It’s of course difficult to forget that tonight forms part of Eagles of Death Metal‘s first Australian tour since last year’s tragic Paris siege. Walking into the Croxton Bandroom, the incredibly heightened security for a rock concert is conspicuous, with both metal and explosive detectors at play, as well as pat-downs and bag searches. Following this, however, November’s distressing events barely register throughout a fun and seemingly care-free night.
EODM’s tour openers, All The Colours ensure punters are already air-guitaring, thanks to their tight, dirty blues clangers. This shredding rock outfit mesh guitarist Joshua Mann’s tuneful crooning with bassist Josh Moriarty’s throaty howl. Demonstrating much of their latest album Vol. 2, the leather-clad trio perform songs such as wormy Western groove Love Song and hookier single Jonathan to a quickly filling bandroom. Moriarty informs us that the record was made in California with help from EODM touring guitarist Dave Catching, but this reviewer misses who exactly in EODM Moriarty deems the “best moustache in show business” to belong to. Only time will tell.
Following their conclusion, there’s a long wait before Eagles of Death Metal (sans Josh Homme, who hasn’t joined the Australian tour) finally grace the stage. A few false starts, however, in the form of pre-emptive spots of silences, really work to get the crowd warmed up. The band eventually arrive to raucous appreciation. Effervescent, red-suspendered frontman Jesse Hughes, (AKA Boots Electric), conducts the crowd in a pre-show singalong to Pilot’s Magic – “oh ho, ho it’s magic!”. Hughes purposefully waxes his mo and puts on his trademark red-tinted sunnies with characteristic showmanship. The band kick off ecstatically with Bad Dream Mama, punters eating up guitarist Dave “Davey Jo” Catching’s murky guitar solo. Sporting an enormous white beard, Catching could easily pass for a long lost member of ZZ Top. Yet the title of “best moustache in show business” is obviously held by Hughes.
Pairing fast-paced, chugging verses with explosive choruses, Eagles of Death Metal have managed to create a distinctively catchy variety of pop-fuelled, bare-knuckled hard-rock. Loose, no-frills and unapologetically boozed up, at times it’s unclear if the guys are an OTT send-up of a cartoonish, over-sexed cock-rock-n-roll band, (see lyrics such as Whorehoppin’s “shit goddamn I’m a man”). Either way, it’s hard to deny that Eagles of Death Metal’s vigorous, committed and thoroughly entertaining performance proves a winning combination.
With four albums worth of back-catalogue to choose from, each song manages to spark the crowd’s excitement, as do their many high-octane covers, such as forever popular choice, Stealers Wheel’s Stuck In The Middle With You. After a gendered screaming contest, Hughes assures the women in the crowd that he’s he’s “artistically interested in each and everyone” of us, before dedicating Cherry Cola to “the ladies”. This hit proves an early crowd favourite, while later, Silverlake (K.S.O.F.M.)’s chorus –”Don’t you know who I am?!” – results in a crowd-wide singalong, to Hughes’ obvious delight.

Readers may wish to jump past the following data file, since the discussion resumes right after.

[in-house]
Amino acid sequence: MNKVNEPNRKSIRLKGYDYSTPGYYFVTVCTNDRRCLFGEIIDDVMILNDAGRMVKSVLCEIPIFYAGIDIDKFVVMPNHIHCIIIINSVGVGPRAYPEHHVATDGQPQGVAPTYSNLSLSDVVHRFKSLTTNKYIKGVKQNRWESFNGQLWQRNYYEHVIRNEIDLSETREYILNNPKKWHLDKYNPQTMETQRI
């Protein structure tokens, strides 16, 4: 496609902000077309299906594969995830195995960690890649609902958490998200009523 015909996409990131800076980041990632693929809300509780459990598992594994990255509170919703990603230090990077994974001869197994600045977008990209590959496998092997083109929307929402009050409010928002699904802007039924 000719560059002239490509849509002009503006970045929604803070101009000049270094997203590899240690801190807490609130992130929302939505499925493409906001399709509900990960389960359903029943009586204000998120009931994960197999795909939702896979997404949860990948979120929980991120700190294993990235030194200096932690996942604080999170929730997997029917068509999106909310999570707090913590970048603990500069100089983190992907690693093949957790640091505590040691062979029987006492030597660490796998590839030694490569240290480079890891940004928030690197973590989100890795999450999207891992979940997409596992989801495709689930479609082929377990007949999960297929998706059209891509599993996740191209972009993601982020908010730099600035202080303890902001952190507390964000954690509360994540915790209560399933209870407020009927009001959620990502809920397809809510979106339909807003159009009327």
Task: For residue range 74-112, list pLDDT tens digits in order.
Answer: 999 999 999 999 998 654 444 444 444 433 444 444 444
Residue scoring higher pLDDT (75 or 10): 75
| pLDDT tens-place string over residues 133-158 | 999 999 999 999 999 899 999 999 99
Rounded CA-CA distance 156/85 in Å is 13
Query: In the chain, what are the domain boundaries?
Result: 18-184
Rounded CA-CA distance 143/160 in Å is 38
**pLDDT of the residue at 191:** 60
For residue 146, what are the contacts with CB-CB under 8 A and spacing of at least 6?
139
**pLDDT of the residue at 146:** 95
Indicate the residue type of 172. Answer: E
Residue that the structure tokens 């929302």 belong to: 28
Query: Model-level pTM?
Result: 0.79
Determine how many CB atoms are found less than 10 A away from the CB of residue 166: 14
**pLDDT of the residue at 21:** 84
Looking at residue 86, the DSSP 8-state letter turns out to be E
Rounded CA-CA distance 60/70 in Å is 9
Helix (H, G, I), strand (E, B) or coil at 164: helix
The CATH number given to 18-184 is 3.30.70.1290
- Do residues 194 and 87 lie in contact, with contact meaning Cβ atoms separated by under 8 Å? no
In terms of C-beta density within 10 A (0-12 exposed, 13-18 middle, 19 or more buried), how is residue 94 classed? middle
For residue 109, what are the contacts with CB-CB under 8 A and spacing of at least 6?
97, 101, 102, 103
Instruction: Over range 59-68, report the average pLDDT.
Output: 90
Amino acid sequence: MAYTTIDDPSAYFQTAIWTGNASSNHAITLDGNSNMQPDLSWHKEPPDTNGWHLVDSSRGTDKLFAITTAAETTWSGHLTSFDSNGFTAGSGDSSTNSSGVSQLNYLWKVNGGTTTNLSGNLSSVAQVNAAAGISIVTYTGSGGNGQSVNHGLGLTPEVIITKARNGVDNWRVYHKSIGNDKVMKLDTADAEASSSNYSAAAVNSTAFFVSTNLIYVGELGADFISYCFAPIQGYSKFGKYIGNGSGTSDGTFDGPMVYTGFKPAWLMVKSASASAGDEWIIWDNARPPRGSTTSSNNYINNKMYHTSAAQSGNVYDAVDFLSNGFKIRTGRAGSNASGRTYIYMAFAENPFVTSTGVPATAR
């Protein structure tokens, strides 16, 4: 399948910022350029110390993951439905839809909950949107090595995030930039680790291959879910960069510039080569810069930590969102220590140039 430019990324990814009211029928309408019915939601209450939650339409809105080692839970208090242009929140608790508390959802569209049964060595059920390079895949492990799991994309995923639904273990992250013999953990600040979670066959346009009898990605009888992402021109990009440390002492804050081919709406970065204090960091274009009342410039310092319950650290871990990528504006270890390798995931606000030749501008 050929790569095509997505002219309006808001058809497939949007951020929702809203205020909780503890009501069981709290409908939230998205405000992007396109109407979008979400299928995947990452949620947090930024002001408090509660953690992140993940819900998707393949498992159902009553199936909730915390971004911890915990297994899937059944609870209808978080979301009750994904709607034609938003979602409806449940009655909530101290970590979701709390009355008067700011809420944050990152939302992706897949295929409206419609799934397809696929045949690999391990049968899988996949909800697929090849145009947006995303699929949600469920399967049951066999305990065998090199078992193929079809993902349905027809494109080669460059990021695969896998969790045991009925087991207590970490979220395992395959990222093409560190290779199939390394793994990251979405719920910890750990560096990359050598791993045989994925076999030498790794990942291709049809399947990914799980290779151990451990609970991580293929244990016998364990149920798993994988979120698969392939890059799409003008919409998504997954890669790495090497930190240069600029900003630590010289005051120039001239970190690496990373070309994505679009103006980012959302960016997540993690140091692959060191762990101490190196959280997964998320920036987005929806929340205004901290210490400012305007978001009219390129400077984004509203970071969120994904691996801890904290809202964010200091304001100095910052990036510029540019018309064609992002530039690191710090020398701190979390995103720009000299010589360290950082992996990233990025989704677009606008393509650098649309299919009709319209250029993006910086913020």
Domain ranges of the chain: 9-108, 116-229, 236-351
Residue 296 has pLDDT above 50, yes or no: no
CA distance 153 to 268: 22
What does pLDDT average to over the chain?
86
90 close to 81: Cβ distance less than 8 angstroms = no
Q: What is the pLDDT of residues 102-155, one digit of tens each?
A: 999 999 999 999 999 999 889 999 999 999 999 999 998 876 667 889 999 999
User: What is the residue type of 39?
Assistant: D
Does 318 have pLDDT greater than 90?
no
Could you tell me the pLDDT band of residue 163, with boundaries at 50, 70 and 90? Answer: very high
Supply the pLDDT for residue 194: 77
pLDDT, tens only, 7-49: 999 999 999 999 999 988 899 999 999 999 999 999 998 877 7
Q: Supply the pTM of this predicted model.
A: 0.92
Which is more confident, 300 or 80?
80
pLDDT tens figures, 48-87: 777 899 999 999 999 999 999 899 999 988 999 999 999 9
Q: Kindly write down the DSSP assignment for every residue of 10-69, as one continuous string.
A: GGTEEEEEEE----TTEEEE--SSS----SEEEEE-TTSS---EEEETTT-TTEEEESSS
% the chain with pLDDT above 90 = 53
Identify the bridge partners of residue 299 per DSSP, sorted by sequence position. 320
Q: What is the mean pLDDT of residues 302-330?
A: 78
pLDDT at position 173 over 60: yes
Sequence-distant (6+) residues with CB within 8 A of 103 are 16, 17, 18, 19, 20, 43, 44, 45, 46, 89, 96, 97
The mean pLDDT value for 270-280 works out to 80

Interspersed throughout the show, Hughes regales us with his alcohol/drug-riddled stories, armed with his recognisable warmth and wackiness. He frequently returns to his apparently wild night out at Ding Dong Club the night before, where he invites us back later tonight for bible study (Hughes is, in fact, an actual ordained priest). Occasionally breaking into a feverish, preacher-like rant, infused with his charming southern drawl, the crowd consistently responds with shouts of worship. He also throws guitar picks into the audience like candy.
After the completion of a long set, Hughes returns to the stage for a solo encore, asking for requests from the audience. It’s an endearingly sloppy and earnest few songs, which includes a welcomed diatribe against Axl Rose and a rendition of Rolling Stones’ Brown Sugar. He then brings the rest of the band back out for their cover of Duran Duran’s Save a Prayer, which features on their latest album, as well as old favourite I Want You So Hard (Boy’s Bad News). Each band member eventually competes in some back-and-forth solo wars, polishing off one of the loosest and elongated encores imaginable. Suffice it to say, Eagles conclude the night on a high of neck sweating, beard stroking and guitar shredding frenzy. Piercing his constant, effusive spouts of love for and gratitude to his fans, Hughes nevertheless ensures that it all feels fun, spontaneous and never too serious.
Gallery: Eagles Of Death Metal – The Croxton Bandroom, Melbourne 2016 / Photos By Kylie Carns